Even that the Dutch healthcare system is labelled as a system of social security it in fact a mixture of a social security system, legalised with the Sick Fund Law of 1964, compulsory insuring against sickness all Dutch under a certain income level, and a national health service, legally arranged in 1968 with the Exceptional Medical Expenses Act, covering all Dutch citizens for long-term care.

The federal government under the Ministry of Health, Welfare and Sports has a responsibility for and financial control of healthcare. The Ministry plays a regulating role in the field of planning, insurance financing, tariffs, prices and fees. Government policy is to guarantee healthcare which is easily accessible, high quality, affordable and efficient.

The health care system is primarily publicly financed but privately provided. With the exception of the eight university hospitals all hospitals are private institutions. The role of governments is basically to create conditions for quality care. The mandatory health insurance is responsible on financing and health insurance is based on a separate law.

Employees with incomes below a certain level have a compulsory social insurance covering about 60% of the Dutch population. There are about 50 different funds which are organised mainly geographically. The contributions rates are the same (50/50) for both employees and employers. Private, tough not compulsory, medical insurance is available voluntarily for those well-off not covered by the general programme. Services that are not covered by the insurance schemes can be obtained by additional private insurance. The Exceptional Medical Expenses Act is compulsory insurance for emergency services regardless of the level of incomes.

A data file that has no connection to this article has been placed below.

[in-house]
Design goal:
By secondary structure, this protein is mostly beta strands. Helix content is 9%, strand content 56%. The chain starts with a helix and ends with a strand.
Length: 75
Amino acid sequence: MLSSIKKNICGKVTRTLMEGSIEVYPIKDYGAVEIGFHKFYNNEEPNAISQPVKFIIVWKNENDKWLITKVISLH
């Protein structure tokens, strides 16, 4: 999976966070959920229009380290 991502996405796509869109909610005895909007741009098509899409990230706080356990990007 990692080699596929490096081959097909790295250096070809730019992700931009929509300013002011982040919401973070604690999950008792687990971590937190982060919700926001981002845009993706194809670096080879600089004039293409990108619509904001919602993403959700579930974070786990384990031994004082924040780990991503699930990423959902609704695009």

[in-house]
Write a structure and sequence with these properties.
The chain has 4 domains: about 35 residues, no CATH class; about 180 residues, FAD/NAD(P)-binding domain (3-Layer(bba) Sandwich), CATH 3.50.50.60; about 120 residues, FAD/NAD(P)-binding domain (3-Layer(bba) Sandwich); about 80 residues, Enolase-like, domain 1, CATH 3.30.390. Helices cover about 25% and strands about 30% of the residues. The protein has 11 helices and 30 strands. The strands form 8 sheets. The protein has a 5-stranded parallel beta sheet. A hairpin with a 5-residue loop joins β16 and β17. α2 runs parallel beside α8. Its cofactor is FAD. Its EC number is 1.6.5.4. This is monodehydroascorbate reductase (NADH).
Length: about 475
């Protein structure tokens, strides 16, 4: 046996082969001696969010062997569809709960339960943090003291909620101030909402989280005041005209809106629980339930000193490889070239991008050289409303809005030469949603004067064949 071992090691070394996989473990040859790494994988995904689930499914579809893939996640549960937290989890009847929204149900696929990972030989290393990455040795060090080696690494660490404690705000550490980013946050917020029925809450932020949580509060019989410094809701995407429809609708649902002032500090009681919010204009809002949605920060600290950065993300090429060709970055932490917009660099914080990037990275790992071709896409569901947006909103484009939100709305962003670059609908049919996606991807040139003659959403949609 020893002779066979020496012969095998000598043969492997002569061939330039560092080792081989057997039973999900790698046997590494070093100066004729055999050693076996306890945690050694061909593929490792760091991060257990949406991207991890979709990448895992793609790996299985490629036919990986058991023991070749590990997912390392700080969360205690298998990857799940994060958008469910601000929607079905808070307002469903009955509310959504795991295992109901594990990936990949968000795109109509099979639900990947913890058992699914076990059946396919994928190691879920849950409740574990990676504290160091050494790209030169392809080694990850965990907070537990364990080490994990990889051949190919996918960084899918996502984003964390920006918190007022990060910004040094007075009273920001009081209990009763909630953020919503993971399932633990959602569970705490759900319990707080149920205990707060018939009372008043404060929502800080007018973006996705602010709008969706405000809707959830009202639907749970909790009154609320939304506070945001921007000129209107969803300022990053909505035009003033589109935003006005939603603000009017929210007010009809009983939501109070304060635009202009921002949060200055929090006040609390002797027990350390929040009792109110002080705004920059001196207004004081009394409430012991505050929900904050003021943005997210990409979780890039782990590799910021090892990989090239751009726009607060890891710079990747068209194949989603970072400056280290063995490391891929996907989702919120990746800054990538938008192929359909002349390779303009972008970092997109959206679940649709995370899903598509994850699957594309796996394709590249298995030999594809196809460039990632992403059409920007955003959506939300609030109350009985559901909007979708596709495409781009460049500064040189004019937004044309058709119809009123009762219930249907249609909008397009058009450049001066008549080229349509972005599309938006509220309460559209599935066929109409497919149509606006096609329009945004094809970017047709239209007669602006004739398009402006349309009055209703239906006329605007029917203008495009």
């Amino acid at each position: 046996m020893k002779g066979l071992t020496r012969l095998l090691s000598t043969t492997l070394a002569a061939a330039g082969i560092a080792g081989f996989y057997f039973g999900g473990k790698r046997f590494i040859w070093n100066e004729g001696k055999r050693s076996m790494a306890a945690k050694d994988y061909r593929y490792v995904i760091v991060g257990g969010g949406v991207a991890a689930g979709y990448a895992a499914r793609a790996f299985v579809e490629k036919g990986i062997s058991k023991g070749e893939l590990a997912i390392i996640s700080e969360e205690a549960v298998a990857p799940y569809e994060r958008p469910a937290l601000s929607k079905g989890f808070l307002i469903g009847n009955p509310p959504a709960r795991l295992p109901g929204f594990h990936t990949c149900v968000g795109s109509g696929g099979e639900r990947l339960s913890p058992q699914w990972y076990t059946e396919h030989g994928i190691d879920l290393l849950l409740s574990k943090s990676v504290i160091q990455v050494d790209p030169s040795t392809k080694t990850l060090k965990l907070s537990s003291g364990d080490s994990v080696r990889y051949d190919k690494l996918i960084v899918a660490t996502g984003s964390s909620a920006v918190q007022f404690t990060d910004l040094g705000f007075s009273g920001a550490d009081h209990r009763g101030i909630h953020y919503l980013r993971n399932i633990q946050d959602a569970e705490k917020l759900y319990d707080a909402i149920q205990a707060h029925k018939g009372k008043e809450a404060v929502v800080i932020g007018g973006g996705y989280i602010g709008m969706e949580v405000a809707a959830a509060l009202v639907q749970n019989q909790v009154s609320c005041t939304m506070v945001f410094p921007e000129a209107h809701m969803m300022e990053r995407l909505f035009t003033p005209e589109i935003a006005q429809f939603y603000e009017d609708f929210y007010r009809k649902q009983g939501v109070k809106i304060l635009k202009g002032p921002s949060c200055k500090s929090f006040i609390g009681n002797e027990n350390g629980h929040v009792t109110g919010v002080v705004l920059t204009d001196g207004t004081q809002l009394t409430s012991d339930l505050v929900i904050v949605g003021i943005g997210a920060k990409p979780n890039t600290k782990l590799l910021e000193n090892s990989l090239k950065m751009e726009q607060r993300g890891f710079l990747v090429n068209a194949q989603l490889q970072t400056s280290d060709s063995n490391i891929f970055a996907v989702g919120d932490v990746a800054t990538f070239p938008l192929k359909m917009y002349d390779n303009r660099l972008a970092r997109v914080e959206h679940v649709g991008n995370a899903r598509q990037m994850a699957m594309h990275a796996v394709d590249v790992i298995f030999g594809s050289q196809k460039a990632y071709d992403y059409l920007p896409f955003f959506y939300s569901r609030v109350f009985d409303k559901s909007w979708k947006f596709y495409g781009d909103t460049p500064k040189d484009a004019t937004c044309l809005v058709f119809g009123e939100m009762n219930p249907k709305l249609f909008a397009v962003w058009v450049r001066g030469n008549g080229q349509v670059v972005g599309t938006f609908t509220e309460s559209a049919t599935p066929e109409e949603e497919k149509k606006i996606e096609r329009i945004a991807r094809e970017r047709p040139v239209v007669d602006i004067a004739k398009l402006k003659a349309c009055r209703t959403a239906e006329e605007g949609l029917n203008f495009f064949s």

Primary care is free of charges for all publicly insured but privately insured may have co-payments. Same principle holds in the case of hospital care. Pharmaceuticals have a reference prices and excluded items have no coverage.

The incomes of health care providers come from different sources. About 10% of healthcare is directly paid from public funds. Approximately 80% of the costs are covered by the health insurance premiums and some 9% trough patients own contributions. Primary care providers get their incomes based on fee-for-service payments in the case of those on higher income brackets and on age differentiated capitation fee in the case of lower income and publicly insured ones. GP:s have also the gate-keeping task. Hospitals have their budgets fixed by the government to ensure compliance with the goals of the government but the budgets are adjusted based on the Dutch DRG system.

Investments are financed trough the incomes from services. Hospitals are not getting support from the local or central governments. Hospitals can, therefore, decide part of investments independently but major investment must be made according to the national plan. Separate research fund for academic hospitals are available in state budget (relatively about 15% more) but research costs are included in prices in other hospitals.